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Emergency Medicine International
Volume 2013, Article ID 737391, 4 pages
Research Article

Improving Knowledge and Process for International Emergency Medicine Fellowship Applicants: A Call for a Uniform Application

1Department of Emergency Medicine, Johns Hopkins University School of Medicine, Baltimore, MD 21231, USA
2Department of Emergency Medicine, University of Texas Southwestern, Medical Center, Dallas, TX 75390, USA
3Department of Emergency Medicine, University of Chicago, Chicago, IL 60637, USA
4Department of Emergency Medicine, George Washington University, Washington, DC 20052, USA
5Department of Emergency Medicine, Gwinnett Medical Center, Lawrenceville, GA 30096, USA

Received 19 December 2012; Accepted 17 January 2013

Academic Editor: Harold K. Simon

Copyright © 2013 Gabrielle A. Jacquet et al. This is an open access article distributed under the Creative Commons Attribution License, which permits unrestricted use, distribution, and reproduction in any medium, provided the original work is properly cited.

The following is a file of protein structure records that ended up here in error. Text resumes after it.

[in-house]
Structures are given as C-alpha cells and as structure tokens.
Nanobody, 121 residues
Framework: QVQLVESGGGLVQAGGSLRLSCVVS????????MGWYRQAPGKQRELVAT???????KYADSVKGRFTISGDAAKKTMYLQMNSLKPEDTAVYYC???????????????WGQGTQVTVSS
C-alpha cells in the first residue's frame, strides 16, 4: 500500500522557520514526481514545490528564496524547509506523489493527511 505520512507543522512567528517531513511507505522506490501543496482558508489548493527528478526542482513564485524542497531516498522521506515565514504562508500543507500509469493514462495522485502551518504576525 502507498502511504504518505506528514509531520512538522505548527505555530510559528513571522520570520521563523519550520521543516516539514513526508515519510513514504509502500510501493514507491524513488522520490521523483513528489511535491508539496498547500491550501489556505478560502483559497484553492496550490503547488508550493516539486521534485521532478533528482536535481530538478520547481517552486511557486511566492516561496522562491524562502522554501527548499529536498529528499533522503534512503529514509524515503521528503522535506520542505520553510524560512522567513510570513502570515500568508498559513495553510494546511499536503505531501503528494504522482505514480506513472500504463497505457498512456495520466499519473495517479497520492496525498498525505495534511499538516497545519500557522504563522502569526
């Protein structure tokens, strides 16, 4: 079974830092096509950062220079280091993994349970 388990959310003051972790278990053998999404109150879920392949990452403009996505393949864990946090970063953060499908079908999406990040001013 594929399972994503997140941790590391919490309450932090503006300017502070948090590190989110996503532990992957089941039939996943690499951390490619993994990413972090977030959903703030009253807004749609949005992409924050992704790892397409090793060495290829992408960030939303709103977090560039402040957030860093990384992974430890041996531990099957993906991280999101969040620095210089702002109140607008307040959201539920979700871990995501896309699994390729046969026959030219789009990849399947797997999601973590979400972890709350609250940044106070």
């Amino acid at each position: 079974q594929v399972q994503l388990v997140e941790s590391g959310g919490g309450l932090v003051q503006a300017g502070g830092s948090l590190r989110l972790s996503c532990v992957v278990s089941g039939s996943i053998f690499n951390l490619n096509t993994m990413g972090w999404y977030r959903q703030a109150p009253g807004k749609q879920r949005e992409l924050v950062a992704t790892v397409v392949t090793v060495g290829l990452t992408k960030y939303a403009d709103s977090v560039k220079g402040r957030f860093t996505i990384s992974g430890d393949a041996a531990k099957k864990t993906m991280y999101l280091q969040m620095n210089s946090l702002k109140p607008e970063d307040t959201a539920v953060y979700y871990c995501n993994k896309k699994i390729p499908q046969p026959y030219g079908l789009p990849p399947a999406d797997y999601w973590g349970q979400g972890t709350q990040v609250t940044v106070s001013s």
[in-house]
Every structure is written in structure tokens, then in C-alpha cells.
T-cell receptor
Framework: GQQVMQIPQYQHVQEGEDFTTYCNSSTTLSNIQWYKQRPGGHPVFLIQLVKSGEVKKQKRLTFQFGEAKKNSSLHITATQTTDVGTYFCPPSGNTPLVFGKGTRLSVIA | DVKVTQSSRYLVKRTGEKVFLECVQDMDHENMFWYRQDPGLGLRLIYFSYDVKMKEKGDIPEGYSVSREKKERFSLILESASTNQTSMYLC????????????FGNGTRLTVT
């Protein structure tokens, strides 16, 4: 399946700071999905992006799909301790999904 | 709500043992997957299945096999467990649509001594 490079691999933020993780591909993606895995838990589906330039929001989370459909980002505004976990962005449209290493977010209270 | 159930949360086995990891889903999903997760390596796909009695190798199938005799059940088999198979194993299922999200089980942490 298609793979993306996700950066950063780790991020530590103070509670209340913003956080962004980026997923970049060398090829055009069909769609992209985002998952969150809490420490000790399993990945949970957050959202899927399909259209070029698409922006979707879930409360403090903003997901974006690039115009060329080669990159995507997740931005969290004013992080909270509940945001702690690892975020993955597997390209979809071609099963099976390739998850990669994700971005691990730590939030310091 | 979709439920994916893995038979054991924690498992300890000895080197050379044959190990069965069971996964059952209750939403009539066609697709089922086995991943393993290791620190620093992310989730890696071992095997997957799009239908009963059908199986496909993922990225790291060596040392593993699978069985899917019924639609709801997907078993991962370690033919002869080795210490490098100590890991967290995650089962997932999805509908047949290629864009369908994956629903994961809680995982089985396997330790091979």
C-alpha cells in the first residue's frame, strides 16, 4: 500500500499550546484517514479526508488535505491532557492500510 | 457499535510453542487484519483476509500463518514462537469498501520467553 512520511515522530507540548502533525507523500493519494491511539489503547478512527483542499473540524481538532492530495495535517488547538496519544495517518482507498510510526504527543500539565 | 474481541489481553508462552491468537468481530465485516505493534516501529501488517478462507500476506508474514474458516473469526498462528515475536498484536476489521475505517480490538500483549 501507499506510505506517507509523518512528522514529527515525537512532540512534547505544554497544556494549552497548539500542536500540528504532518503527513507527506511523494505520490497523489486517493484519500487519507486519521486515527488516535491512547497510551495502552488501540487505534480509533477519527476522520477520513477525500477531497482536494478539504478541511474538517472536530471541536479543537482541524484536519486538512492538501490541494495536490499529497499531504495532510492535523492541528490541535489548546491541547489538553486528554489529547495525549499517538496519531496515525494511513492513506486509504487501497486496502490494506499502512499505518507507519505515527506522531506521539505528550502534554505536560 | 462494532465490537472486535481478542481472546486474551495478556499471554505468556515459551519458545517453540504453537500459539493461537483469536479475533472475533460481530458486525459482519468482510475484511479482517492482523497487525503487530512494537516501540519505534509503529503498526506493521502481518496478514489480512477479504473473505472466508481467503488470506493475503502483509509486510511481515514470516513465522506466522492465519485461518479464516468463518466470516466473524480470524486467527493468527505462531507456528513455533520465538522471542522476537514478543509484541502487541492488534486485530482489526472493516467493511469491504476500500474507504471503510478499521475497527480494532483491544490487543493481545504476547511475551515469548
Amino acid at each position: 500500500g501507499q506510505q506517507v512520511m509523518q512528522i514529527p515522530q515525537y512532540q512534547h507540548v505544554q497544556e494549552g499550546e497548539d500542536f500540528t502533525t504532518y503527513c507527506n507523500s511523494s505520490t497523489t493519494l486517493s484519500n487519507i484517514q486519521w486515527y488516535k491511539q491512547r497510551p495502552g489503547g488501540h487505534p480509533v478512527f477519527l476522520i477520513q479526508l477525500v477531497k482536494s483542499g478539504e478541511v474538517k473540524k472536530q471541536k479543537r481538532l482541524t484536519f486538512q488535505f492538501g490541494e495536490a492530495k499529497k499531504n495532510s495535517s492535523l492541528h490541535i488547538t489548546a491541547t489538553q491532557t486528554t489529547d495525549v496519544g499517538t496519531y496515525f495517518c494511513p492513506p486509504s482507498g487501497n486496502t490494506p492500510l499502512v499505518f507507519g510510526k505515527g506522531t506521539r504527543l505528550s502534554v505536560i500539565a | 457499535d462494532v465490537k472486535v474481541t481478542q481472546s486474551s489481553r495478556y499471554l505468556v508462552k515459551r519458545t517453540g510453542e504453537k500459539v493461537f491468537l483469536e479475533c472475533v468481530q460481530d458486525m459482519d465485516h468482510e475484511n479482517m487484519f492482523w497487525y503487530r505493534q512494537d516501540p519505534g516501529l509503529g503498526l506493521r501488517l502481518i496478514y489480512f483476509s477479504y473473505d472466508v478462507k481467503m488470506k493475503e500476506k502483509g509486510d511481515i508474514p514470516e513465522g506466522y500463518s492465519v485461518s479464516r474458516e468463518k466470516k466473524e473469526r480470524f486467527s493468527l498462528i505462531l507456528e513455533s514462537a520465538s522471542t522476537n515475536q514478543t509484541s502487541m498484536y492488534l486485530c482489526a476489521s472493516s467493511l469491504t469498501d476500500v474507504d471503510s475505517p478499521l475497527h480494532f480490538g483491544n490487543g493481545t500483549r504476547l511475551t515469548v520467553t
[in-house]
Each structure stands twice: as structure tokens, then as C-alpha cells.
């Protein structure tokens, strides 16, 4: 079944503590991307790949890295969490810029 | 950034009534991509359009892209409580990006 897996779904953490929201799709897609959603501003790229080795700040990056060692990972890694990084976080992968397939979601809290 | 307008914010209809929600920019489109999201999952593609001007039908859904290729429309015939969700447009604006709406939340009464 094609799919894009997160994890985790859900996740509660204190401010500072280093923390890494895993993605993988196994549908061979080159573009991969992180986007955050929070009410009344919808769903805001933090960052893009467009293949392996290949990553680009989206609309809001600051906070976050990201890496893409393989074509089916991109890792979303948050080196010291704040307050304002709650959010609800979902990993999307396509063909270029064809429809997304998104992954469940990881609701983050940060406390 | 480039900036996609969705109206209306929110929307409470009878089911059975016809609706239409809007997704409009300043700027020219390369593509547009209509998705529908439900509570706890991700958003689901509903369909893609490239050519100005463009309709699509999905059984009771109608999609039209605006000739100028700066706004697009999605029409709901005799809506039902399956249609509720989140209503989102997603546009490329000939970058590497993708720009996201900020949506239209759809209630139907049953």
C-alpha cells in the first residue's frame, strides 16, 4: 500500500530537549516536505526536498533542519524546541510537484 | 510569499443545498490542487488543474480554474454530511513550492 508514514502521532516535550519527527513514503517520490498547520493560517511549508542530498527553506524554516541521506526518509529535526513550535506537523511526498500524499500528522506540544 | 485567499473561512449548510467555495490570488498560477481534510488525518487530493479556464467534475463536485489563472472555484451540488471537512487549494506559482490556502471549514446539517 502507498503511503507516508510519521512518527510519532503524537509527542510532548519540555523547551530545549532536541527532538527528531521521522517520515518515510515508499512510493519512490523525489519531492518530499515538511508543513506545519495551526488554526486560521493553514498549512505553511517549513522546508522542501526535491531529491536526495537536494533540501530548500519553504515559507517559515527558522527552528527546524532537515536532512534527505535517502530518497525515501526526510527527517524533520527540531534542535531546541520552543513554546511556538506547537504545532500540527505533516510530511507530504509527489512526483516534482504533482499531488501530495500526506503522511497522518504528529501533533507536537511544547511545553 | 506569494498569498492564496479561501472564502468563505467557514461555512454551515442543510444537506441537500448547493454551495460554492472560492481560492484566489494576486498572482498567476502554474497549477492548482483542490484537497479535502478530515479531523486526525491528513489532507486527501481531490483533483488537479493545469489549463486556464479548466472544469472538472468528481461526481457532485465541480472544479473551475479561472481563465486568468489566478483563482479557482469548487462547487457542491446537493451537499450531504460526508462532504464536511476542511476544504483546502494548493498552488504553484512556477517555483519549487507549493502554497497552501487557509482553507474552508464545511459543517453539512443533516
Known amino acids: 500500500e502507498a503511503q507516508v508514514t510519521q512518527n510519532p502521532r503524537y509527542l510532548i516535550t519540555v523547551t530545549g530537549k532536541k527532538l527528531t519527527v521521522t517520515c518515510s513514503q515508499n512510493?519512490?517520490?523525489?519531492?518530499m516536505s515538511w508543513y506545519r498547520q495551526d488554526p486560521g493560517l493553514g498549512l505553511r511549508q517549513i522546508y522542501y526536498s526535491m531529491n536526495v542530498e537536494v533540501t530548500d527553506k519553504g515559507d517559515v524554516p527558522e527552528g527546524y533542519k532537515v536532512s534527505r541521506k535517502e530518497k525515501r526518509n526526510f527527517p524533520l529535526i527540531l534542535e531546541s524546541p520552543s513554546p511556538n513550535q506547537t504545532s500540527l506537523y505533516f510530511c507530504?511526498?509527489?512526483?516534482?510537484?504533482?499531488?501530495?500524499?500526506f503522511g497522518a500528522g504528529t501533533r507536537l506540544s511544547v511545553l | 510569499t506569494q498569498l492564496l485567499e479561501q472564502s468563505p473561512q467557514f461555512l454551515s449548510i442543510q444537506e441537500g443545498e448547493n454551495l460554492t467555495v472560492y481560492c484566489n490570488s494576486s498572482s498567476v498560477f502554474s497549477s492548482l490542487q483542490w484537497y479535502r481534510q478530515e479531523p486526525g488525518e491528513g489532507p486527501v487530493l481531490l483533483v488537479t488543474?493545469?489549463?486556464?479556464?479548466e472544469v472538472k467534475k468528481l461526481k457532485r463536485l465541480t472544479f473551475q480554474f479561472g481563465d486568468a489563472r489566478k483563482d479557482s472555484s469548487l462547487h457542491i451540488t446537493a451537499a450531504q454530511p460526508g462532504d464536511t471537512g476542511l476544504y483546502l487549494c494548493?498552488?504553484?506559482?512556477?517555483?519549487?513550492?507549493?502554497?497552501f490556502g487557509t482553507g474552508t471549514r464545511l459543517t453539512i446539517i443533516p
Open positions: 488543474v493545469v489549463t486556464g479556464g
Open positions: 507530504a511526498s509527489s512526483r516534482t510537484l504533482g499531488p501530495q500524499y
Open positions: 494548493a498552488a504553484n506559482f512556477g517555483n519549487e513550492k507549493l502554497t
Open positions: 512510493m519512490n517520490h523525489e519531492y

Background. There are currently 34 International Emergency Medicine (IEM) fellowship programs. Applicants and programs are increasing in number and diversity. Without a standardized application, applicants have a difficulty approaching programs in an informed and an organized method; a streamlined application system is necessary. Objectives. To measure fellows’ knowledge of their programs’ curricula prior to starting fellowship and to determine what percent of fellows and program directors would support a universal application system. Methods. A focus group of program directors, recent, and current fellows convened to determine the most important features of an IEM fellowship application process. A survey was administered electronically to a convenience sample of 78 participants from 34 programs. Respondents included fellowship directors, fellows, and recent graduates. Results. Most fellows (70%) did not know their program’s curriculum prior to starting fellowship. The majority of program directors and fellows support a uniform application service (81% and 67%, resp.) and deadline (85% for both). A minority of program directors (35%) and fellows (30%) support a formal match. Conclusions. Program directors and fellows support a uniform application service and deadline, but not a formalized match. Forums for disseminating IEM fellowship information and for administering a uniform application service and deadline are currently in development to improve the process.